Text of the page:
But there's definitely a sense of swings and roundabouts here. While the Switch version's 720p resolution is a clear downgrade, there is some evidence to suggest that the Switch version may have a better handle on its 60fps target frame-rate overall compared to other versions - we found some detailed scenes in single-player mode where the docked Switch runs faster than PlayStation 4 running like-for-like content (albeit at its reduced settings). Performance issues manifest more prominently in split-screen mode - as expected - but again, we found that Switch was smoother overall, with lurches down from the target 60fps less pronounced than they are on PlayStation 4. However, understandably, draw distances are further pared back in the multiplayer modes. For the record, while Minecraft has no PS4 Pro support, it is possible to engage boost mode and this eliminated all the performance issues we encountered.Shadow of the surrealists Investigating The Last Guardian's architecture.
Docked vs portable performance is also intriguing. Rendering range is reduced to seven 'chunks', which does a lot in preserving performance, but regardless you will still see more jarring drops down to the 30fps line, while docked frame-rates in identical scenarios can see consistent 60fps gameplay. These jumps in refresh feel jarring, but this isn't common enough to be a major issue - it's a little wobbly overall, but not to an extent that's going to upset gameplay. Split-screen modes see draw distances reduced still further, and performance is even more variable to the point where a 30fps cap really would have made a lot of since here - especially once you go all-out with four players.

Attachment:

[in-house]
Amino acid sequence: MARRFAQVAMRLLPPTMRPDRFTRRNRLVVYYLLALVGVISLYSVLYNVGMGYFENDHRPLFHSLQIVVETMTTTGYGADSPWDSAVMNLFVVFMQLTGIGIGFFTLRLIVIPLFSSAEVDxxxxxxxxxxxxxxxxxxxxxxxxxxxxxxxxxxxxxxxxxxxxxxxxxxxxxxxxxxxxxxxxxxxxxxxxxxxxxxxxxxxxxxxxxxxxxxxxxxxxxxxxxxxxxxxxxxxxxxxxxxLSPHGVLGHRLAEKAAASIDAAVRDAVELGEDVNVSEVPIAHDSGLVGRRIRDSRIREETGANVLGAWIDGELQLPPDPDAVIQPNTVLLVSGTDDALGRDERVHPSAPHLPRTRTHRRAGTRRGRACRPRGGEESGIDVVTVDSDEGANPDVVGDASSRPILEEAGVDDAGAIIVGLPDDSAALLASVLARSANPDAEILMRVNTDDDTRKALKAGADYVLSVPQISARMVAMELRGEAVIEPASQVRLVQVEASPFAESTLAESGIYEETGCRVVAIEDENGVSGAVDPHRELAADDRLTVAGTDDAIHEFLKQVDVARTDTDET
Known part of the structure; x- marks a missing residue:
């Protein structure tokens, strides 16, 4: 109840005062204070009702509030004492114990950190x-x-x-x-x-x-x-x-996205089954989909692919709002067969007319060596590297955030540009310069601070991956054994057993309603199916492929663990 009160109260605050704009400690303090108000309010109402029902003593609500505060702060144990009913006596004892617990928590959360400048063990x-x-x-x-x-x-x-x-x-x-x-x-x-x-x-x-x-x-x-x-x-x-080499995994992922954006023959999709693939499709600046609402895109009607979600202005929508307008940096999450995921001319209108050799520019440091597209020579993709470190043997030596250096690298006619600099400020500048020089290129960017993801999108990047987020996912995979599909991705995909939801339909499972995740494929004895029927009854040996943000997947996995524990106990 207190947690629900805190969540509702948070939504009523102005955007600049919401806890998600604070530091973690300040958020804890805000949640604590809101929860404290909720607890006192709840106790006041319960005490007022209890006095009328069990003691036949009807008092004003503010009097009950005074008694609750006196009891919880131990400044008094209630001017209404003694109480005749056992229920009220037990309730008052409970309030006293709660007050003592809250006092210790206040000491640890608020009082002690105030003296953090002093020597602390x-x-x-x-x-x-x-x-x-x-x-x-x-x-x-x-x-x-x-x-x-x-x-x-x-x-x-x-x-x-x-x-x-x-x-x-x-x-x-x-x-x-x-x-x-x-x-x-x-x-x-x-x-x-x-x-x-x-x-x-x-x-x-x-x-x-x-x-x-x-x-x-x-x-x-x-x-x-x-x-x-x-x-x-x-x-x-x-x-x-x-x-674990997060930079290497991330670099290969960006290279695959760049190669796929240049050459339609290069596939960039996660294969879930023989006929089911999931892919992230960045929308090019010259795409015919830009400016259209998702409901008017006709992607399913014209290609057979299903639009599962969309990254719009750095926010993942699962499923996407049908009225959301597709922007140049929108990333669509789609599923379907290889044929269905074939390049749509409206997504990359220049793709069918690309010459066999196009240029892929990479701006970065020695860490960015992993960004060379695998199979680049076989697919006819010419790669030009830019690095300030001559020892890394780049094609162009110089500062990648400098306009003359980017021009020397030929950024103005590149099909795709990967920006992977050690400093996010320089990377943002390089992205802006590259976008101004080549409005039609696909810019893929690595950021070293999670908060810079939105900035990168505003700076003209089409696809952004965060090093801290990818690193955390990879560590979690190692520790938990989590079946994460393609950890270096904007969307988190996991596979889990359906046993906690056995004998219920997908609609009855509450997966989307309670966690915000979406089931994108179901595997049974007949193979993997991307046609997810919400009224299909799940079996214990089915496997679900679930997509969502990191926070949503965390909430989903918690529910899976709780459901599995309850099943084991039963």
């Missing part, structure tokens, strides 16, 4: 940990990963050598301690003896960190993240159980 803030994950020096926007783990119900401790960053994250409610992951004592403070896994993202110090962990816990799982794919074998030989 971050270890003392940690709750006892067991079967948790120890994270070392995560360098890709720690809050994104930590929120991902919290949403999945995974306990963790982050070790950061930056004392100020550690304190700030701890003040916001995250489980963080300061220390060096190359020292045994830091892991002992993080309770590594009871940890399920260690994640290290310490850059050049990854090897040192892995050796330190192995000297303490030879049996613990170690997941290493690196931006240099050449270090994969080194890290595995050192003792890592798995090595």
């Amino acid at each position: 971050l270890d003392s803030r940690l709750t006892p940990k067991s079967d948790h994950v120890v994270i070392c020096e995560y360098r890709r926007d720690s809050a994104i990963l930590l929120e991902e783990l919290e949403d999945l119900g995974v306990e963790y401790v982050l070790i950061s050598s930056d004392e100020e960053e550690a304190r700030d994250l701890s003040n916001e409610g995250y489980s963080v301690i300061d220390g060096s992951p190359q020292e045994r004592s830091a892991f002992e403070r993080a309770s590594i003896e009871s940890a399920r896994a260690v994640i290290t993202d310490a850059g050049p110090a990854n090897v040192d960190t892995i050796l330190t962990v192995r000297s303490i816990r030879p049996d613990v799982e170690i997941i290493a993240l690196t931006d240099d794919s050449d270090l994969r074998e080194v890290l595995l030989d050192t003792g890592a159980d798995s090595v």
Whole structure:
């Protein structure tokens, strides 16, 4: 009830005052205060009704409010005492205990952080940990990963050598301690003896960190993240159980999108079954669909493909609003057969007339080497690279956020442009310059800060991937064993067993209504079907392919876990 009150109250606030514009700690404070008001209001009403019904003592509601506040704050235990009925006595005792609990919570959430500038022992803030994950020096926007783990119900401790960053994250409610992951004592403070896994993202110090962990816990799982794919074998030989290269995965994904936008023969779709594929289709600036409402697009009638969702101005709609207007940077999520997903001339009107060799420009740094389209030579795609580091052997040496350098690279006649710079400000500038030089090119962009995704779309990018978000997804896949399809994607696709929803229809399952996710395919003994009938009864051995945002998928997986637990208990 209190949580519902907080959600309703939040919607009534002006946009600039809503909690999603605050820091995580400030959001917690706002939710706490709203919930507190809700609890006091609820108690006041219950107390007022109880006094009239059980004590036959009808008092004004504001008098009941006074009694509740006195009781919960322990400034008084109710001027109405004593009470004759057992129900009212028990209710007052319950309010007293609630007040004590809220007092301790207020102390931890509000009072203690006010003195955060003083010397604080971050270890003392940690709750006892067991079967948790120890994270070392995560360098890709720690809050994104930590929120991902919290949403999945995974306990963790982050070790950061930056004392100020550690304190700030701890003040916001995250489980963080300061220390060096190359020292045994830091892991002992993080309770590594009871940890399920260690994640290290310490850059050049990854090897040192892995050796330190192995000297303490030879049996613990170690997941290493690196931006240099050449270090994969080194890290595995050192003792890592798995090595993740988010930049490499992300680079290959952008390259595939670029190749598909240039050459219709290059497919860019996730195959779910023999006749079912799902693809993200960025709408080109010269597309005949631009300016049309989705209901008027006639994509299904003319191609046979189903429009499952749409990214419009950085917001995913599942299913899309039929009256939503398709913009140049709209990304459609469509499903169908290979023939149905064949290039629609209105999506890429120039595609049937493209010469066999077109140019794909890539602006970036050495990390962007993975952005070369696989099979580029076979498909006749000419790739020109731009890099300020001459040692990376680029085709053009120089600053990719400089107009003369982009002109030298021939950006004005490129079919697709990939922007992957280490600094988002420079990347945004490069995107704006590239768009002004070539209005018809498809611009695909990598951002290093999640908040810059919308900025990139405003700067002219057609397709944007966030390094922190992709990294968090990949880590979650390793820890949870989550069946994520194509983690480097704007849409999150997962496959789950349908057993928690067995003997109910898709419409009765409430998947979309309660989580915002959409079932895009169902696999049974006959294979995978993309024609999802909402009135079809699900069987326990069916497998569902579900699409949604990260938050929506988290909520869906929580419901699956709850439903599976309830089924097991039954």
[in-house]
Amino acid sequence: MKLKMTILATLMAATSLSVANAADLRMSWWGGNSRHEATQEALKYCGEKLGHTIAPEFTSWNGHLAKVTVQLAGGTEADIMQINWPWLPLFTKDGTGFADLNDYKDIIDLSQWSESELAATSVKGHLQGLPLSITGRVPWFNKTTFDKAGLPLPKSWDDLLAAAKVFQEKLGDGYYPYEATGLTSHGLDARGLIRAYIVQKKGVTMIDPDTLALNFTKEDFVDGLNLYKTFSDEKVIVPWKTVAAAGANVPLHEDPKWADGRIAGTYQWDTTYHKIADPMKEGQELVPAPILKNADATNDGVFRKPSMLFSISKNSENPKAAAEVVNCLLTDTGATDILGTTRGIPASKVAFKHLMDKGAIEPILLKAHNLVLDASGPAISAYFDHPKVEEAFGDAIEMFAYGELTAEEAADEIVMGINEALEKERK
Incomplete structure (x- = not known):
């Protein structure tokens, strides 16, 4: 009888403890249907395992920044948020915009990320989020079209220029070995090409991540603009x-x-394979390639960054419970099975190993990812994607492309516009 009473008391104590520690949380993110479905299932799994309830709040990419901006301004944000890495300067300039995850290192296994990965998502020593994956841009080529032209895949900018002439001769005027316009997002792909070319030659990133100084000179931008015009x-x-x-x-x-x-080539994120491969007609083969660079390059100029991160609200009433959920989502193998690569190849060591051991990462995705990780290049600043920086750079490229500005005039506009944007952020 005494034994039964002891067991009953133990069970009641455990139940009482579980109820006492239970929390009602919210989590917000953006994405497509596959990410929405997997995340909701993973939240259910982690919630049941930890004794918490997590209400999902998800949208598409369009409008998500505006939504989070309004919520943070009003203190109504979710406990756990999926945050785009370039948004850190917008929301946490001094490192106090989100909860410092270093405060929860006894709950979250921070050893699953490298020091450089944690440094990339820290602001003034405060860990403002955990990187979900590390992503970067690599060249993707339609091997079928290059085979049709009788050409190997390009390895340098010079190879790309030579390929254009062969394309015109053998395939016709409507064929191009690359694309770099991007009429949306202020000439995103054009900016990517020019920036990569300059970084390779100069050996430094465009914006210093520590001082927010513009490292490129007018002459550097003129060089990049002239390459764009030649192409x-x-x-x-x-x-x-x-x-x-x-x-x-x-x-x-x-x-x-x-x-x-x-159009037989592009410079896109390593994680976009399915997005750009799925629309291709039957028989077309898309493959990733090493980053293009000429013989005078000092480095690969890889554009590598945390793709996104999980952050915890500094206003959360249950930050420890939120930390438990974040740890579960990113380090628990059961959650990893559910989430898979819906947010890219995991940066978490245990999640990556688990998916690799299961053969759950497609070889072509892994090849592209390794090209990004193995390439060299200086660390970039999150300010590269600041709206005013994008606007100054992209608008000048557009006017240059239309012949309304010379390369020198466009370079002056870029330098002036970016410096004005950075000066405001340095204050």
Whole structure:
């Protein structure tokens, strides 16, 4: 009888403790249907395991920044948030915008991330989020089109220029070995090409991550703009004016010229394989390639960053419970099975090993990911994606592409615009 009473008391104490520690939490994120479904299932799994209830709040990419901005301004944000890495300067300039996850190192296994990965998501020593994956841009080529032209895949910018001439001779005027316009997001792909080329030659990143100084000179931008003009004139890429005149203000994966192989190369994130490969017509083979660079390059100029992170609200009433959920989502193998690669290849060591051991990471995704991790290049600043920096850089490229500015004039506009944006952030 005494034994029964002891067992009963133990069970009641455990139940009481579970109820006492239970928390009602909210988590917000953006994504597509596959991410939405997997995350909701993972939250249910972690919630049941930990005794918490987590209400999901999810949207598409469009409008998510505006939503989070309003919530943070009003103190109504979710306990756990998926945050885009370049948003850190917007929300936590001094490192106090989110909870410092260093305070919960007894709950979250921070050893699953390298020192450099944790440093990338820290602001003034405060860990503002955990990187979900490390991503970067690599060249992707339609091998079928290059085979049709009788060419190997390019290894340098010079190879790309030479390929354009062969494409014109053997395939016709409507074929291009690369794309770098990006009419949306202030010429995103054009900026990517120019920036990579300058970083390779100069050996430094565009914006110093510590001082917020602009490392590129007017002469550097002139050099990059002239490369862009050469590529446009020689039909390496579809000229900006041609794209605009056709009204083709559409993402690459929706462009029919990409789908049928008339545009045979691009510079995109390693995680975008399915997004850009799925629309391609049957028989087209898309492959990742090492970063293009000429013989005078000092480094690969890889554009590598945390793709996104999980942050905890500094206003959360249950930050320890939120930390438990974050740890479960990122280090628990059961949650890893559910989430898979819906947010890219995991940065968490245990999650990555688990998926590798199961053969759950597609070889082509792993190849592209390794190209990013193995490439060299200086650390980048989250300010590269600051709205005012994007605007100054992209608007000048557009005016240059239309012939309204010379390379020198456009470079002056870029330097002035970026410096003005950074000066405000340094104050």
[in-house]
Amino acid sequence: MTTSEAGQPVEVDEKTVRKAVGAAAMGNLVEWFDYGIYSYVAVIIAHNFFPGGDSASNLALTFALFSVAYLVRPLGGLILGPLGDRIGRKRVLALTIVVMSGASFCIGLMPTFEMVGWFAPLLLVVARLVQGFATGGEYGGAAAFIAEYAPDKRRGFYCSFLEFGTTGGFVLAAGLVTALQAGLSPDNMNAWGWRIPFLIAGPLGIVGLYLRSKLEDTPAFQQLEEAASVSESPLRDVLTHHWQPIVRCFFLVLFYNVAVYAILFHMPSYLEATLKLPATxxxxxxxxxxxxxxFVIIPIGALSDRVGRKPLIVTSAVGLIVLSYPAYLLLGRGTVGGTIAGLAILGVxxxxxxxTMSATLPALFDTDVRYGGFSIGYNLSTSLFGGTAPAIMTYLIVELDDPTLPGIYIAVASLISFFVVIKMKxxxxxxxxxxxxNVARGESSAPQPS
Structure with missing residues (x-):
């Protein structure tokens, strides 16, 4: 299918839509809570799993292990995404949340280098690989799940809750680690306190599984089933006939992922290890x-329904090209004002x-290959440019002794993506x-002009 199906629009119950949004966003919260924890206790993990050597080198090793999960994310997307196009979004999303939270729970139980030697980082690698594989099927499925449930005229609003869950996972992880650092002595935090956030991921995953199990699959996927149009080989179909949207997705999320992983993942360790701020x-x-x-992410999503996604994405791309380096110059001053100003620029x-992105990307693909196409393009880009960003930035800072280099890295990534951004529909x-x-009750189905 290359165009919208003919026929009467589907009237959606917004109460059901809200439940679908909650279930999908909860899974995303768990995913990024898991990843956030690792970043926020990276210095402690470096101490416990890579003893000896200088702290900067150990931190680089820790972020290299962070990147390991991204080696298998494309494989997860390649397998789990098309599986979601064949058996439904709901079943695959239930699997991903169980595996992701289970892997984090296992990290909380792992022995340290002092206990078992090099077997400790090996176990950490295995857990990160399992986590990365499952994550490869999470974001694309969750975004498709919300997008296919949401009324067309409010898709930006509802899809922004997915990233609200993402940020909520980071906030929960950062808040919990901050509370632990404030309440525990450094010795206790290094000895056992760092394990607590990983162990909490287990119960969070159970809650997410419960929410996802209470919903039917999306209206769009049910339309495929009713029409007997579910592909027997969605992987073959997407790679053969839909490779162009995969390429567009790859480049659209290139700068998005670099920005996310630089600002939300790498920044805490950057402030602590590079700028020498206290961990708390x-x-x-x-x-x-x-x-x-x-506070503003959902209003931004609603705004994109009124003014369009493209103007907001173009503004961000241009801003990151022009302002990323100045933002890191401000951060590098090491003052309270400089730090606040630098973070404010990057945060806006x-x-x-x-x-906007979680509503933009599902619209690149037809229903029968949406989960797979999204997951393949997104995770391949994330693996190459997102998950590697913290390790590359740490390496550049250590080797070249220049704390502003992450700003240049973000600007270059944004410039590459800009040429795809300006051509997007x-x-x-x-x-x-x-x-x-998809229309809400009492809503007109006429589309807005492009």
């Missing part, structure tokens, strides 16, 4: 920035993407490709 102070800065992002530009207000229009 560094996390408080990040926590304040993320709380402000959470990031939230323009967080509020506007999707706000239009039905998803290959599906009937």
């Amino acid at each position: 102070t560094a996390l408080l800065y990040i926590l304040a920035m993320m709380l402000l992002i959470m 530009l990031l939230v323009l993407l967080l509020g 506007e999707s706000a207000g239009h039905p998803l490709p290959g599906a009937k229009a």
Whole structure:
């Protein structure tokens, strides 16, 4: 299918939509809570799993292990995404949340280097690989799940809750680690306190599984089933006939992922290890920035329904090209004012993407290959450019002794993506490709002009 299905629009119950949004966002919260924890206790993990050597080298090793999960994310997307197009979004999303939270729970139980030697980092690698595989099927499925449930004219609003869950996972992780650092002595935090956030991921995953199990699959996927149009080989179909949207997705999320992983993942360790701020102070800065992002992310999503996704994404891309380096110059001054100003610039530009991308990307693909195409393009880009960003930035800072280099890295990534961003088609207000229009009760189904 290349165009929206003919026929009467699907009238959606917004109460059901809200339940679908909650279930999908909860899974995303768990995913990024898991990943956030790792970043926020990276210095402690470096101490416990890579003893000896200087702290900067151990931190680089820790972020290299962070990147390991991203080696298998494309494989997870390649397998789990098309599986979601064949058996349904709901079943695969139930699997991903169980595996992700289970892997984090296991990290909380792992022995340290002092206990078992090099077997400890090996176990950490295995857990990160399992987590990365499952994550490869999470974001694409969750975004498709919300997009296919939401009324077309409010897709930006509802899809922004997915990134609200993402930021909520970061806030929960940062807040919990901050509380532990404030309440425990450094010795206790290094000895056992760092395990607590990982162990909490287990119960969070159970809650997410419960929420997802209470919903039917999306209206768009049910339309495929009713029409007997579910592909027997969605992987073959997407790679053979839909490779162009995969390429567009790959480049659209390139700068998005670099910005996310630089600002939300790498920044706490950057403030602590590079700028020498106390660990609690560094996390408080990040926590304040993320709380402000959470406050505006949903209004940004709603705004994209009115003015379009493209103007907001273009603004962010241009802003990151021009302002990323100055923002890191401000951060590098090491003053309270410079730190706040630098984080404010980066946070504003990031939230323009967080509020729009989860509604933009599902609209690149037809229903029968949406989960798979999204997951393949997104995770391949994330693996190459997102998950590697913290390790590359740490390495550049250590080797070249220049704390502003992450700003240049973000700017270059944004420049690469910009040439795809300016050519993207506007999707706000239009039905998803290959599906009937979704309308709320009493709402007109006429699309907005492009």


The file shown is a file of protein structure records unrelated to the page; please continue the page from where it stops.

Ultimately, there are obvious shortcomings on Switch, both in resolution and draw distance - but fact is it's the most adaptable version of the game out there. On top of the drop-in, drop-out local multiplayer which debuted on Xbox 360, 4J Studios now has Minecraft make an equally easy transition from a console experience to handheld. That comes with visual compromise, but the end result still hangs together well. Of course, a full 1080p mode while docked would help - but the question is whether performance would be further compromised with such an upgrade. But as things stand, 4J has delivered - this is almost everything you could want from Minecraft in one 'play anywhere' package.